Simple – the emission appears in a narrow velocity range (V=0.7 km s) as a single peaked spectrum. The maser spots form one cluster of size smaller than a few mas. G37.03000.039 is the only source with these properties. Its spectrum is obviously blended.

Linear – the maser spots form a line in the plane of the sky. The angular extent of these maser structures ranges from 9 to 54 mas. In some sources (G30.31800.070, G35.79300.175) a monotonic velocity gradient is clearly seen. There are five linear sources in the sample.

Ring – this morphology appears to be ubiquitous in our sample. The distributions of no less than nine sources display a ring structure. Using the GNU Octave script developed by Fitzgibbon et al. (fitzgibbon99 ()), we fitted an ellipse to the spatial positions of the maser spots for each source. The results are summarized in Table 8. The semi-major (a) and semi-minor (b) axes range from 27 to 192 mas and from 15 to 128 mas, respectively. The average size of the semi-major axis and the standard dispersion in the mean is 8920 mas. The eccentricity (e) of the best-fit model ellipses ranges from 0.38 to 0.94. The average eccentricity and the standard dispersion of the mean is 0.790.06. The emission spans a modest velocity range of (3.113.4 km s). All nine sources possess MIR counterparts that coincide with the ellipse center to within less than 25 (Table 5). In these objects it is very likely that ring-like maser emission surrounds a central embedded star (see Sect. 4.2). Three other sources (G28.81700.365, G30.40000.296, G31.58100.077) have a ring-like morphology, although the separation between the MIR candidate counterpart and the ellipse center is greater than 25 (Table 5). This is probably caused by the larger uncertainties in the maser positions, since all three sources are at declinations near 0°. These are assigned a tentative classification of the ring-like class in Table 5.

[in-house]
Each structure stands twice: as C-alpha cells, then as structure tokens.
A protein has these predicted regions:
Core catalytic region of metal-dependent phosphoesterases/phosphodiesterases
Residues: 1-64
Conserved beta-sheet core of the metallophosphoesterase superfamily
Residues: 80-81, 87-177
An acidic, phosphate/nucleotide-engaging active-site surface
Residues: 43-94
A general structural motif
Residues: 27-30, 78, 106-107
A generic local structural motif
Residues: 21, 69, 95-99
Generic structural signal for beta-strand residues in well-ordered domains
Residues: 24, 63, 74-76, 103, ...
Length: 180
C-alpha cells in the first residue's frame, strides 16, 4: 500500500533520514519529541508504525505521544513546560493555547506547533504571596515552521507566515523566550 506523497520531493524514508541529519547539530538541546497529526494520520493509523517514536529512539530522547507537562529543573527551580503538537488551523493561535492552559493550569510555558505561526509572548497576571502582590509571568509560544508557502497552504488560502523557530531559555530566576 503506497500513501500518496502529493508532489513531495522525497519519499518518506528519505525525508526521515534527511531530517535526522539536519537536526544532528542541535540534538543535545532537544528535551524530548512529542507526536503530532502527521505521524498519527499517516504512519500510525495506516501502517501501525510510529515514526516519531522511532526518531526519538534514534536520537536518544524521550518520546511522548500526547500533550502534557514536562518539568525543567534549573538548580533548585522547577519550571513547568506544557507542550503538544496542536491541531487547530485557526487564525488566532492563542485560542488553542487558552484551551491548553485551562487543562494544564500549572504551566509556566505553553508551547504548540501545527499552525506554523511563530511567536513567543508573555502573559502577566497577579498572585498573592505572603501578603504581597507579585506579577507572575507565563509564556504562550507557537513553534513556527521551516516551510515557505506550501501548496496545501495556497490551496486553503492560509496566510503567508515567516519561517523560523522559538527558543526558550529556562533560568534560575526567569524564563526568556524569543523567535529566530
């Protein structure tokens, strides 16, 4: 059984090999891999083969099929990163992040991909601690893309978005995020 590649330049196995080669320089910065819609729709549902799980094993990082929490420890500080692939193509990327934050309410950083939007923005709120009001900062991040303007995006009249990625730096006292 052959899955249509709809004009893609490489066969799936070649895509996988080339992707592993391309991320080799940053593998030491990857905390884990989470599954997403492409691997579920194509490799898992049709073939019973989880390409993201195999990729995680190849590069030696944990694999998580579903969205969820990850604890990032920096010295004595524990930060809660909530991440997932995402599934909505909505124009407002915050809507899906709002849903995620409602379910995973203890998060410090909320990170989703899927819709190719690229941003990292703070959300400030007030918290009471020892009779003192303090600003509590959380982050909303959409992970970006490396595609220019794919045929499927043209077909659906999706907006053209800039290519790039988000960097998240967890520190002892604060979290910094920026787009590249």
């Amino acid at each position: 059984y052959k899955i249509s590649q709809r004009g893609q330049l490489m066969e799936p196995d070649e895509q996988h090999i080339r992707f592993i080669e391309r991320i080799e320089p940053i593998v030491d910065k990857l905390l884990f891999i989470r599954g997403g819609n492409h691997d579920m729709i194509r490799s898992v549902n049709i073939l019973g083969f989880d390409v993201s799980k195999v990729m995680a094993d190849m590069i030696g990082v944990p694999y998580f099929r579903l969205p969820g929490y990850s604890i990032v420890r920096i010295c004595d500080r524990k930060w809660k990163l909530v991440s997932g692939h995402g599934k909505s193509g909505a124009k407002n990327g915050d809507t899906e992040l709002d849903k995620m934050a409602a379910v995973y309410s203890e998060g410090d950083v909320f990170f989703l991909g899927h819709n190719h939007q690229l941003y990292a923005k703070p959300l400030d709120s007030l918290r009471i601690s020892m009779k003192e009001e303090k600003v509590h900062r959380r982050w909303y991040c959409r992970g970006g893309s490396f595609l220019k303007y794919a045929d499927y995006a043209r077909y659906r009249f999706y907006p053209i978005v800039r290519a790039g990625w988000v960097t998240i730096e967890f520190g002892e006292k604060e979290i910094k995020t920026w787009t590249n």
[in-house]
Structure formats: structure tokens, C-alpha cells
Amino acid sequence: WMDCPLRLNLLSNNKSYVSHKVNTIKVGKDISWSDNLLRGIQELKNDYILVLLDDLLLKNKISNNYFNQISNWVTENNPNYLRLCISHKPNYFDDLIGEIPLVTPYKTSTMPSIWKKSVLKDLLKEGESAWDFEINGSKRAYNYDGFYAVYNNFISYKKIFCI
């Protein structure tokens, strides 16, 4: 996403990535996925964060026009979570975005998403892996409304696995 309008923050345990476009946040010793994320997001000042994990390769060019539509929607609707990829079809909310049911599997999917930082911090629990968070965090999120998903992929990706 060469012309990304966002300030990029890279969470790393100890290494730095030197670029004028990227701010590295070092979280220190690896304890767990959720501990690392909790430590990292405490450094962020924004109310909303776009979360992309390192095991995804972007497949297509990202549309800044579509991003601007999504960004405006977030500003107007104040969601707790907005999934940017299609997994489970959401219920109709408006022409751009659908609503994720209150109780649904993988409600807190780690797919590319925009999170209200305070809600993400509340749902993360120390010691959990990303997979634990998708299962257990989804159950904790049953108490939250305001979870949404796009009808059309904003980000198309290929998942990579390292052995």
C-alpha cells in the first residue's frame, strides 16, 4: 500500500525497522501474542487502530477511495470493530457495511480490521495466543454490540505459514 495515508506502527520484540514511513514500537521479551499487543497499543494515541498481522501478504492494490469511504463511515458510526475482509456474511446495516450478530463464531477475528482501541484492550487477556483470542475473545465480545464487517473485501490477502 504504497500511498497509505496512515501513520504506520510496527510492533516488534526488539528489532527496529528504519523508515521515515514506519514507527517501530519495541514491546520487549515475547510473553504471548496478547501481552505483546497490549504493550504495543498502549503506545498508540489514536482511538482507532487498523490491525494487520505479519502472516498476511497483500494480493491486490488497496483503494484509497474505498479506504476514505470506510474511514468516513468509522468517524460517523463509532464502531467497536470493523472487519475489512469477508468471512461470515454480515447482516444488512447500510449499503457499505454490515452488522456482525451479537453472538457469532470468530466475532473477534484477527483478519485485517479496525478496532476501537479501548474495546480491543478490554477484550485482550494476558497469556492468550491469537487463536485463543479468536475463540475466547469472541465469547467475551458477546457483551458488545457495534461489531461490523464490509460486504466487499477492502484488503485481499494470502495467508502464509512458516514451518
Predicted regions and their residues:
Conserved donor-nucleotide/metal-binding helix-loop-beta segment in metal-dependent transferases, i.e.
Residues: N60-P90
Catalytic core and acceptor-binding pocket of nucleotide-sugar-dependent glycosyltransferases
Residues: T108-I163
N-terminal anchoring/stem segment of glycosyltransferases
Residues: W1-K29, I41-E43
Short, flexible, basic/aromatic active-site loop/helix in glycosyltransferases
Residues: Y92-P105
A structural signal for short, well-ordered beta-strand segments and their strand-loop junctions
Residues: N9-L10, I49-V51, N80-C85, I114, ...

Arched – maser spots are distributed along an arc of between 70 and 220 mas in length. The entire structure may show a systematic velocity gradient. Three (or possibly five) sources exhibit this morphology.

Complex – 9 (possibly 10) sources, i.e. about one third of the sample, do not show any regularities in their spatial and velocity distributions. These sources vary greatly in size from 3123 mas to 330174 mas.

Pair – this class was defined by Phillips et al. (phillips98 ()), comprising two maser groups separated by 1 arcsec with 10 km s difference in velocity. The major axes of individual clusters are perpendicular to the line joining them. In our sample, we found only one source with such a morphology.